Tonga awaits emergency aid after undersea volcanic eruption and Pacific tsunami

No official reports of injuries or deaths in Tonga, New Zealand's PM says

Smoke rises from the underwater volcano Hunga Tonga-Hunga Ha'apai days before its eruption, in a photo taken by satellite. Photo: Reuters
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The tsunami threat around the Pacific from a huge undersea volcanic eruption began to recede on Sunday.

But the extent of damage to Tonga remained unclear, after tsunami waves crashed across the coast and forced people to flee to higher ground, AP reported.

Satellite images showed the eruption that took place on Saturday evening, with a plume of ash, steam and gas rising like a mushroom above the blue Pacific waters.

A sonic boom could be heard as far away as Alaska.

The eruption cut the internet to Tonga, leaving friends and family members around the world anxiously trying to get in touch. Government websites and other official sources remained without updates on Sunday.

Tonga gets its internet via an undersea cable from Suva, Fiji. All internet connectivity with Tonga was lost at about 6.40pm local time, said Doug Madory, director of internet analysis for the network intelligence firm Kentik.

There have not yet been any official reports of injuries or deaths in Tonga, New Zealand Prime Minister Jacinda Ardern said. Authorities have yet to make contact with some coastal areas and smaller islands.

“Communication with Tonga remains very limited,” Ms Ardern said. “And I know that is causing a huge amount of anxiety for the Tongan community here.”

She said there had been significant damage to boats and shops along the Tongan coastline.

The capital, Nuku’alofa, was covered in a thick film of volcanic dust, contaminating water supplies and making freshwater a vital need.

Aid agencies said thick ash and smoke had prompted authorities to ask people to wear masks and drink bottled water.

New Zealand was unable to send a military surveillance flight over Tonga on Sunday because the ash cloud was 19,000 metres high but it hoped to send the flight on Monday, followed by supply planes and navy ships, Ms Ardern said.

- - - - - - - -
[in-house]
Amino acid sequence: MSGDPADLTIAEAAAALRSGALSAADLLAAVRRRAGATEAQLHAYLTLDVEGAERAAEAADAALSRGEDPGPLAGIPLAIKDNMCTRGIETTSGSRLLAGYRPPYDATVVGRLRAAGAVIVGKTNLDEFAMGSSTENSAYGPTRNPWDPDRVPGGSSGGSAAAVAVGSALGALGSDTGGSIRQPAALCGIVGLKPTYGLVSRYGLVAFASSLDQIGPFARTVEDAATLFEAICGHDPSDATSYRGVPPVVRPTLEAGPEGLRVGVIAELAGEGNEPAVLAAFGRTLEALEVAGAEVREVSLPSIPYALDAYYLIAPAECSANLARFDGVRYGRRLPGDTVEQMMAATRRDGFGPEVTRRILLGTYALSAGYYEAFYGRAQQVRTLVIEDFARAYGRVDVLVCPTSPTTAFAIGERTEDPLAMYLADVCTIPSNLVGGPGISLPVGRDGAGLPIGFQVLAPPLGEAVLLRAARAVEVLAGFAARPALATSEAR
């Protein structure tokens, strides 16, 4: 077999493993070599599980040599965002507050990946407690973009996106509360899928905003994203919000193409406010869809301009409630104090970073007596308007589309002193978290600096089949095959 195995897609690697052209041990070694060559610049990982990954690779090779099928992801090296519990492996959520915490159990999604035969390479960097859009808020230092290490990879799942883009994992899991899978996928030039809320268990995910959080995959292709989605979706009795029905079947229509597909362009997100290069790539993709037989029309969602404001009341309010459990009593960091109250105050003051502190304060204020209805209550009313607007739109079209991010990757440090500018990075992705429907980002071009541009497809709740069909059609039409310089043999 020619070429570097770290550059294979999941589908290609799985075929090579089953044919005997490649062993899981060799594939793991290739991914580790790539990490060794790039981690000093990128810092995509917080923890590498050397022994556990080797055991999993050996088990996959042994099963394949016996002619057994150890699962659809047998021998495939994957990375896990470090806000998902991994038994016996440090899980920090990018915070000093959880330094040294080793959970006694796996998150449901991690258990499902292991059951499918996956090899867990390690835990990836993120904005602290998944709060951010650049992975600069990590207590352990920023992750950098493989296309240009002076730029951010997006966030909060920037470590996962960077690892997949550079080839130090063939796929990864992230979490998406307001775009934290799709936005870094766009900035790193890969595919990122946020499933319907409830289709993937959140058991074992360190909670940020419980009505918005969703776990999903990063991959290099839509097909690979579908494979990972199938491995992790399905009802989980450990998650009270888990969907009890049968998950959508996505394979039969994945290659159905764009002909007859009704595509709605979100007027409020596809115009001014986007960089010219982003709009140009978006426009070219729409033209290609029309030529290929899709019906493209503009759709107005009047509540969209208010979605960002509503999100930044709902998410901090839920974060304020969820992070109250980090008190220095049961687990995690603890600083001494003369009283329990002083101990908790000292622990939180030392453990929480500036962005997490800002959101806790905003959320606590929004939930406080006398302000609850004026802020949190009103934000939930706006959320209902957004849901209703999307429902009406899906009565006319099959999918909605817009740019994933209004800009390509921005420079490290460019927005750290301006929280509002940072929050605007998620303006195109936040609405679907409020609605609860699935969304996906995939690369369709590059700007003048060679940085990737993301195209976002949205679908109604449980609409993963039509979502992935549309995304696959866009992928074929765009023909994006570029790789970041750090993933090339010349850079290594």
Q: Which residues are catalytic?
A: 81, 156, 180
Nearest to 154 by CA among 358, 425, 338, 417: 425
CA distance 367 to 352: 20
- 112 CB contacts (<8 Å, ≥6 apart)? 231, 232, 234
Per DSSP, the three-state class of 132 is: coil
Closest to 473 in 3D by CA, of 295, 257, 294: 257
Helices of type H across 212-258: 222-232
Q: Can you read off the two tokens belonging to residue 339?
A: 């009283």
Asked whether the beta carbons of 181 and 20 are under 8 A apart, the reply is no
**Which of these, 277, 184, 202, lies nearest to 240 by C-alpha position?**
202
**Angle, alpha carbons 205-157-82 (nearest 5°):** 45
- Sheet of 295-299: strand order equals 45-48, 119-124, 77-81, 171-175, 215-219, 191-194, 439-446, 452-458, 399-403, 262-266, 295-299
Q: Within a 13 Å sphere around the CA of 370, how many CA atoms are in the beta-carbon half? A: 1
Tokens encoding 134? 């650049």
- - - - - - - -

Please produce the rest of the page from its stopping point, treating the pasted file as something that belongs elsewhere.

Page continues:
One complicating factor to any international aid effort is that Tonga has so far managed to avoid any outbreaks of Covid-19.

The US Geological Survey estimated the eruption caused the equivalent of a magnitude 5.8 earthquake. Scientists said tsunamis generated by volcanoes rather than earthquakes are relatively rare.

Dave Snider, the tsunami warning co-ordinator for the National Tsunami Warning Centre in Palmer, Alaska, said it was very unusual for a volcanic eruption to affect an entire ocean basin, and the spectacle was both “humbling and scary”.

The tsunami waves caused damage to boats as far away as New Zealand and Santa Cruz, California, but did not appear to cause any widespread damage.

Tsunami advisories were earlier issued for Japan, Hawaii, Alaska and the US Pacific coast.

The Tonga Meteorological Services said a tsunami warning was declared for all of the archipelago, and data from the Pacific tsunami centre said waves of 80 centimetres were detected.

New Zealand scientist Marco Brenna, a senior lecturer at Otago University's School of Geology, described the impact of the eruption as "relatively mild" but said another eruption with a much bigger impact could not be ruled out.

US Secretary of State Antony Blinken wrote on Twitter that he was “deeply concerned for the people of Tonga as they recover from the aftermath of a volcanic eruption and tsunami. The United States stands prepared to provide support to our Pacific neighbours”.

On Tonga, which is home to about 105,000 people, video posted to social media showed large waves washing ashore in coastal areas and swirling around homes, a church and other buildings. A Twitter user identified as Dr Faka’iloatonga Taumoefolau posted video showing waves crashing ashore.

“Can literally hear the volcano eruption, sounds pretty violent,” he wrote, adding in a later post: “Raining ash and tiny pebbles, darkness blanketing the sky.”

Following Saturday’s eruption, residents in Hawaii, Alaska and along the US Pacific coast were advised to move away from the coastline to higher ground and to pay attention to instructions from their local emergency management officials.

Police rescued a surfer whose board broke in powerful waves off San Francisco.

In Southern California, surging waters sank at least one boat in the Ventura Harbour north-west of Los Angeles.

Updated: January 16, 2022, 8:14 AM